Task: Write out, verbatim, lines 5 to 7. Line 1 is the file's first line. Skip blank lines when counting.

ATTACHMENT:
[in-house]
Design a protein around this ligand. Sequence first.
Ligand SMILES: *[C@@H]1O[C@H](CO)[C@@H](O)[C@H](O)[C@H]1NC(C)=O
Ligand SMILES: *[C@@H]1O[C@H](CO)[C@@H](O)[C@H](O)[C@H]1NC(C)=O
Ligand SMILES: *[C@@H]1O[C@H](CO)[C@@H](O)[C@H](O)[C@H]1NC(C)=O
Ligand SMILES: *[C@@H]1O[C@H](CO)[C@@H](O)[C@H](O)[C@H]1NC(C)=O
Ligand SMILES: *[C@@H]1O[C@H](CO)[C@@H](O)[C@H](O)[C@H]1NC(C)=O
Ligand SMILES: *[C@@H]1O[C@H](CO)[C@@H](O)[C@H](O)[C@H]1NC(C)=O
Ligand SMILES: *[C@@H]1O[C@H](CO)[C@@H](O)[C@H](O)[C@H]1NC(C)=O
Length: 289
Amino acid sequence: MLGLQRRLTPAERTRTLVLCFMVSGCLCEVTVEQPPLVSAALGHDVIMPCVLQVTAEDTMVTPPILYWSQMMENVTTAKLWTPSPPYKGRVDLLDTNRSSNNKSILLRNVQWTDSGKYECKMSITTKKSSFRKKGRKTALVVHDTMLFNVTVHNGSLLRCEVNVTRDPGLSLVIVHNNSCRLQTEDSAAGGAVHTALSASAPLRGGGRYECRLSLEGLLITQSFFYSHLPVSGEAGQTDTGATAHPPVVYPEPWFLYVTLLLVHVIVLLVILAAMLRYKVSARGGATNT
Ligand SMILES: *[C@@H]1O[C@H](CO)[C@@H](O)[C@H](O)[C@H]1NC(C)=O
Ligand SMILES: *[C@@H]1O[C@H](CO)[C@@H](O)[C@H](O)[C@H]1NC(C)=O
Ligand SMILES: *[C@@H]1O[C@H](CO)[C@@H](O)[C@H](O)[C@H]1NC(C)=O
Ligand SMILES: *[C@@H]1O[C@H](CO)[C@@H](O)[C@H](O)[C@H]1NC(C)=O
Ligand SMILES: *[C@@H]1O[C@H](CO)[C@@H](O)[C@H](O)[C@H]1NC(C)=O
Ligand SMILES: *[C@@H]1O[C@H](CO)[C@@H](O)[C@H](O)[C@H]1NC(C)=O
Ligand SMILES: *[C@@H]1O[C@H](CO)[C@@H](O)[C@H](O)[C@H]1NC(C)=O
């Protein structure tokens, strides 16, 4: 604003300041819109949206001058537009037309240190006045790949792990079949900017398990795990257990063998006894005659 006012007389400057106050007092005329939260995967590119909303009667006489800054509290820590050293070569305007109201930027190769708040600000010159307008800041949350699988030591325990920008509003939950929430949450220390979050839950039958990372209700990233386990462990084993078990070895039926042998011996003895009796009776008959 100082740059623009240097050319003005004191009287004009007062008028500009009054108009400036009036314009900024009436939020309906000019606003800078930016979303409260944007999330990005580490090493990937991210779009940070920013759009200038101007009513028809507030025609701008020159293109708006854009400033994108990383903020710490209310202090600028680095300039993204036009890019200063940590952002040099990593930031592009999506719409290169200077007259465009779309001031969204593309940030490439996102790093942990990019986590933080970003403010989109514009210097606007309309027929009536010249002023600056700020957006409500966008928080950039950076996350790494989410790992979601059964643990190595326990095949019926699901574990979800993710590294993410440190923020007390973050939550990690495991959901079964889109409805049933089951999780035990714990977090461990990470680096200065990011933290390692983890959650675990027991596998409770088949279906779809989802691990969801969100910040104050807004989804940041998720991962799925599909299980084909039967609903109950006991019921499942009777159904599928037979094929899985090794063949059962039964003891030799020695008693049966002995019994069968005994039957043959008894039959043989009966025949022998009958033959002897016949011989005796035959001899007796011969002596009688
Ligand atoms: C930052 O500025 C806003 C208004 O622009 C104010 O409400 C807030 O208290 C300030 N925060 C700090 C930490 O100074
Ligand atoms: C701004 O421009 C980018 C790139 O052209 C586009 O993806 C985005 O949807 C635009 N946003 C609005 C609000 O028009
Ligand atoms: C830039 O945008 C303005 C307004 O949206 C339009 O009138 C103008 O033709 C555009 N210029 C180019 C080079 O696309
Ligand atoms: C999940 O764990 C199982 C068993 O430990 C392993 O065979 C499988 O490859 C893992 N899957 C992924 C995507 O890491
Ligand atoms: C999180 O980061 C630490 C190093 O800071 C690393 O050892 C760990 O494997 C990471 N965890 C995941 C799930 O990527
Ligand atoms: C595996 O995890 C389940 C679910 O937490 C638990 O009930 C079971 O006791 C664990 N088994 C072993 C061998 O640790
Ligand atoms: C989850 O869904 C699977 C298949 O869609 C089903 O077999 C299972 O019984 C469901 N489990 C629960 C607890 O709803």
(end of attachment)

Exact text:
Ligand SMILES: *[C@@H]1O[C@H](CO)[C@@H](O)[C@H](O)[C@H]1NC(C)=O
Ligand SMILES: *[C@@H]1O[C@H](CO)[C@@H](O)[C@H](O)[C@H]1NC(C)=O
Ligand SMILES: *[C@@H]1O[C@H](CO)[C@@H](O)[C@H](O)[C@H]1NC(C)=O